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Encryption Blog

How to Prevent People Peeking at your Gmail

Created: 20 Jan 2010 • Updated: 05 Nov 2012
Brian Tokuyoshi's picture
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Google Gmail has become a phenomenally popular service, with a user base estimated in excess of 150 million.  In addition to its popularity with consumers, Gmail has been gaining ground as a service for commercial users as well. One notable instance is the City of Los Angeles, which is spending $7.25M to move 30,000 email users to the Gmail platform. As more organizations start to take a cloud-based approach to their IT computing services, the need for enterprise-managed security starts to become apparent.

Last week, Google announced that its Gmail service was the target of an attack and that certain users may have had their email accounts compromised. In recent days, there has been a lot of interest in how to improve email security, especially when such services are exposed to the Internet and subject to attack from anyone online.

Google took the first step and announced that it will make access via HTTPS the norm rather than the exception, which will help protect users from the hackers at the coffee shop sharing the Wi-Fi connection. For enterprise users, however, HTTPS is not enough, because there must be protection for the data itself.  The best approach to implementing strong security for email is the use of end-to-end encryption, such as with PGP® Desktop Email. The implementation of cryptography makes email services safe from interception by any party in between.

PGP Desktop Email protects email from the time it leaves the sender’s computer all the way until it reaches the recipient. Nobody in between can read or modify its contents. Some of the reasons that our customers choose PGP Desktop Email include:

  • Support for Internet email services such as Gmail, as well as commercial platforms like Microsoft Exchange and Lotus Notes.
  • Works with any standards-based email client because it operates like a network proxy. It doesn’t require installing plugins in the email client.
  • Policy management and data recovery through deployment in conjunction with PGP Universal Server.
  • Based on open standards, so users can securely exchange email to other implementations of OpenPGP software.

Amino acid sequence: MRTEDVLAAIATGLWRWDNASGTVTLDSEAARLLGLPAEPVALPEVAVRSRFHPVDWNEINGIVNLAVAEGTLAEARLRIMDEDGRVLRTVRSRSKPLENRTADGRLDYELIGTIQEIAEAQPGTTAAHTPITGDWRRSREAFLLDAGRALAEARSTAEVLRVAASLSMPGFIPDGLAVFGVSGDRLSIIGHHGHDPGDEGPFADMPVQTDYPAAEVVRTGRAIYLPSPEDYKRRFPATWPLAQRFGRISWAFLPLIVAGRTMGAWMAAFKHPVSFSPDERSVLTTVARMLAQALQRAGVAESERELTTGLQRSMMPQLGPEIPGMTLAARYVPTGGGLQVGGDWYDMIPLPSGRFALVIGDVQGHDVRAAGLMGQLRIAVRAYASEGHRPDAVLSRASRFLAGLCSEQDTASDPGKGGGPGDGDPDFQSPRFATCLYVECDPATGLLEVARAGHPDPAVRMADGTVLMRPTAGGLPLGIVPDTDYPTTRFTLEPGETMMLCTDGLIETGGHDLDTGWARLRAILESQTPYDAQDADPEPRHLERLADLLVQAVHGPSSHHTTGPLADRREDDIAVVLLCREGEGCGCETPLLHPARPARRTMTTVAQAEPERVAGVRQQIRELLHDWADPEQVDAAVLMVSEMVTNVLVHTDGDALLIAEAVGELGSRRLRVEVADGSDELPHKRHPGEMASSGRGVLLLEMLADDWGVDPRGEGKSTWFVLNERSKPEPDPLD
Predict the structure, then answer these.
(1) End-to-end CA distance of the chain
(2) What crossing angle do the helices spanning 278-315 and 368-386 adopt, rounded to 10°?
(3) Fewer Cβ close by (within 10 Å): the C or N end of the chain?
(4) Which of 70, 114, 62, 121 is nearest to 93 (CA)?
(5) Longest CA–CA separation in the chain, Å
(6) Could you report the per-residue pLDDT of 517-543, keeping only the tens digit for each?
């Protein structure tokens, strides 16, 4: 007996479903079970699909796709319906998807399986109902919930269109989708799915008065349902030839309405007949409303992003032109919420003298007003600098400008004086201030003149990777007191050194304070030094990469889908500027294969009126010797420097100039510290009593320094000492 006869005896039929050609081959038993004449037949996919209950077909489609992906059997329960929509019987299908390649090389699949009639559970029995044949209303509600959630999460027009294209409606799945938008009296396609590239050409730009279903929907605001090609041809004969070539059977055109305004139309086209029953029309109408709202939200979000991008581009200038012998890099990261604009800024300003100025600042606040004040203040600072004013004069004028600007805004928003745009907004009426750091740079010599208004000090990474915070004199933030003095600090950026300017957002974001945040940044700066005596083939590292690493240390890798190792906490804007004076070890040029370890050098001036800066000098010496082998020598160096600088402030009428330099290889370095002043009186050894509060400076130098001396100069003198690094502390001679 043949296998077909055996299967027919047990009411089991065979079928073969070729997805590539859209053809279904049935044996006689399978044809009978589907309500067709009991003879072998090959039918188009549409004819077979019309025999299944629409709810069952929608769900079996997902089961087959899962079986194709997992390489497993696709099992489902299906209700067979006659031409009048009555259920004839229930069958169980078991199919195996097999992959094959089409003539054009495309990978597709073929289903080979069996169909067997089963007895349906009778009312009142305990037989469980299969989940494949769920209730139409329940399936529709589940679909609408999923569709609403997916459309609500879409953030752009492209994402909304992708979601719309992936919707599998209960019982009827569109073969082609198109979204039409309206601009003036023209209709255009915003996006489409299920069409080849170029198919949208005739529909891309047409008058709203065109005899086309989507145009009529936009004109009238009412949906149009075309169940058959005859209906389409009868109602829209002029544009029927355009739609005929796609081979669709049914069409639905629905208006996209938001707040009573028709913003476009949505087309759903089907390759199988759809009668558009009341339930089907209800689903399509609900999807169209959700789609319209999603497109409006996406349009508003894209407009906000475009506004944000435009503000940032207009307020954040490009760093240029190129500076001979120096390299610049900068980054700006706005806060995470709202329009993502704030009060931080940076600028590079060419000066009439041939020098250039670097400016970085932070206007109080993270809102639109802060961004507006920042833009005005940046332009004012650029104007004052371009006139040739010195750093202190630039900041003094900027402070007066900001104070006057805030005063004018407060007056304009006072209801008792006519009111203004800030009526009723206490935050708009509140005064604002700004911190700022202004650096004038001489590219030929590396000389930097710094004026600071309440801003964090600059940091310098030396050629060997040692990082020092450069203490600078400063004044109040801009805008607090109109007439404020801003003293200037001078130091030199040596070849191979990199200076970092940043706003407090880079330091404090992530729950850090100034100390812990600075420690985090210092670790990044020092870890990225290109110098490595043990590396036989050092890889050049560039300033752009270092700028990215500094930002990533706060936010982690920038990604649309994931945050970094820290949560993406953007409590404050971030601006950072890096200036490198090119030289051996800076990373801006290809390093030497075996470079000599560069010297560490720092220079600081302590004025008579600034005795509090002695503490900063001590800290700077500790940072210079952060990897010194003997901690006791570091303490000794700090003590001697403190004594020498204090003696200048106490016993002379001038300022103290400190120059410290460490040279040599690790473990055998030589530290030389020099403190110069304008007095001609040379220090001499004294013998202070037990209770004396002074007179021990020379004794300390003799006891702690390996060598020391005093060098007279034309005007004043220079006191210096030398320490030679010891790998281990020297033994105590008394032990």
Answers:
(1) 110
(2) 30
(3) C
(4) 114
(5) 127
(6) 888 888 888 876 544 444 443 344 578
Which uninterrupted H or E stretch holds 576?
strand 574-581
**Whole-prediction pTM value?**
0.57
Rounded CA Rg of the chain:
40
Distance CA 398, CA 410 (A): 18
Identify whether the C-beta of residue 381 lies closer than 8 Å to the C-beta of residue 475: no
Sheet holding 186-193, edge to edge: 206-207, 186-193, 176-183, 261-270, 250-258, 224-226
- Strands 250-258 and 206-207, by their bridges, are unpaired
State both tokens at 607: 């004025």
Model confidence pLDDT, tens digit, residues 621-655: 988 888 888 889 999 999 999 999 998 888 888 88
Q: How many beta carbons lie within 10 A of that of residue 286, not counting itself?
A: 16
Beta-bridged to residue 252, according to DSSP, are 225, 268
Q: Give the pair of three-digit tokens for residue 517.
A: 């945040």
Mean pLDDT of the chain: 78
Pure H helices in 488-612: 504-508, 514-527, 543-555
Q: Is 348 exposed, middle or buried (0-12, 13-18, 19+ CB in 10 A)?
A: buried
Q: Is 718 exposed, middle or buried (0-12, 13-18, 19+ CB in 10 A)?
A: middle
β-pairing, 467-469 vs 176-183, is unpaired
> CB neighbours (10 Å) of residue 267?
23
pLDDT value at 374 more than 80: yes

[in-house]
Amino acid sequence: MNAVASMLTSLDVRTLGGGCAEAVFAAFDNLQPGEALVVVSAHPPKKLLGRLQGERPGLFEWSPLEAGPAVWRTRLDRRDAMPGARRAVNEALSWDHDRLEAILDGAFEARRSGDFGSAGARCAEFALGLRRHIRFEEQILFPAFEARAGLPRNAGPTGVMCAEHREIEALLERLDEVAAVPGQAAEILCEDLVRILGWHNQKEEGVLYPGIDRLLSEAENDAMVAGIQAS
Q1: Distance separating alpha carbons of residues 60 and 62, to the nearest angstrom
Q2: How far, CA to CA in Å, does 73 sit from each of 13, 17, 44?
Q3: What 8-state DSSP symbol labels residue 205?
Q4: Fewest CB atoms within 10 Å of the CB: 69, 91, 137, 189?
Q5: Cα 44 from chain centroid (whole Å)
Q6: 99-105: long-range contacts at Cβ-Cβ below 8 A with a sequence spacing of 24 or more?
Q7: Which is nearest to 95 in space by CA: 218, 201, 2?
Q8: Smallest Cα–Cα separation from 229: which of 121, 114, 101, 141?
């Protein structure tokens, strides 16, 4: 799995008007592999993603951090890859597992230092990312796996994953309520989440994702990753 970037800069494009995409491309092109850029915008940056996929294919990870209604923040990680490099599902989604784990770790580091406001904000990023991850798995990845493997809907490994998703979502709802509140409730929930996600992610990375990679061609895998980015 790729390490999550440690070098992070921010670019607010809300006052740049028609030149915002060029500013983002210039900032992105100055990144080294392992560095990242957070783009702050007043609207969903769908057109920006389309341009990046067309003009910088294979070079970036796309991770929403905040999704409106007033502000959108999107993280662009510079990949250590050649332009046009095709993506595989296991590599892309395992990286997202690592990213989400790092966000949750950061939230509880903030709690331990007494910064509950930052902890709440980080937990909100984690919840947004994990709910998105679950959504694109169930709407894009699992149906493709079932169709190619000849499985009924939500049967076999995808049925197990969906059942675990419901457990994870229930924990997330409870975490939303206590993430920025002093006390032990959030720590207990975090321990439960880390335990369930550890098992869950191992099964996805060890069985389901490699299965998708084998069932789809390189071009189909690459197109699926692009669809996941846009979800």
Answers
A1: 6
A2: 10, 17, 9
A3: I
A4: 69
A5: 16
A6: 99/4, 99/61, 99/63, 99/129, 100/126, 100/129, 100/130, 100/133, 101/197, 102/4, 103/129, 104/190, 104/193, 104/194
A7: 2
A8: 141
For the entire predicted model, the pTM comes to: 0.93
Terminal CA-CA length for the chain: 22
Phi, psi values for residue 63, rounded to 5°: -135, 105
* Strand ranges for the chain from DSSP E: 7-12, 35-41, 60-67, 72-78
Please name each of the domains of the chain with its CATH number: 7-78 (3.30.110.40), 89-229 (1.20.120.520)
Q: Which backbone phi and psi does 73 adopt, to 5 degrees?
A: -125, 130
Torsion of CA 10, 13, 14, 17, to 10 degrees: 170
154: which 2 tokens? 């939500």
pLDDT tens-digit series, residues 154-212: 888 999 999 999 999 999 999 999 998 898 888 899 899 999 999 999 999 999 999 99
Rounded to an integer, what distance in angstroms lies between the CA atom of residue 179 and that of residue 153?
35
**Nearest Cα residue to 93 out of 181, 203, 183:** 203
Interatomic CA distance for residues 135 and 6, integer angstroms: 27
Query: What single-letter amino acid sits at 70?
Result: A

• Automatic support for the PGP Global Directory, which hosts a user’s public key to facilitate encrypted email exchange and signature validation.

Here’s how I use PGP® Desktop with Gmail.  I’m partial to Mozilla Thunderbird email client, but the process is similar when using other email clients.

Here’s my configuration in Mozilla Thunderbird.  Note that this is just plain vanilla stuff – PGP Desktop Email doesn’t change anything in the client.


With PGP Desktop Email, I created a profile that identifies my email account and lets me fine tune some additional security settings. In lieu of this step, there’s also an option for using a wizard that automatically configures settings the first time the user accesses email.


Looks like my new user ( received a new encrypted message.  Since I published my test user’s key in the PGP Global Directory, PGP Desktop Email automatically looked up the key to use.


Suppose that I’m migrating from Thunderbird to Microsoft Outlook.  I don’t have to change anything in PGP Desktop Email, all I have to do is fire up my Outlook client.  The encryption is transparent to the email client.


That’s it in a nutshell. In summary, PGP Desktop Email is an easy way to provide strong security for hosted email services such as Gmail. PGP Desktop Email takes the risk out of using a cloud-based service by ensuring that data stays private all the way until it reaches the intended recipient.

PGP Desktop Email complements Gmail nicely through its POP/IMAP interface, and can be used both standalone (for home users and small offices) as well as with PGP Universal Server for large scale deployments.

For more information about using PGP Desktop with Gmail, see the information on the PGP Customer Support site.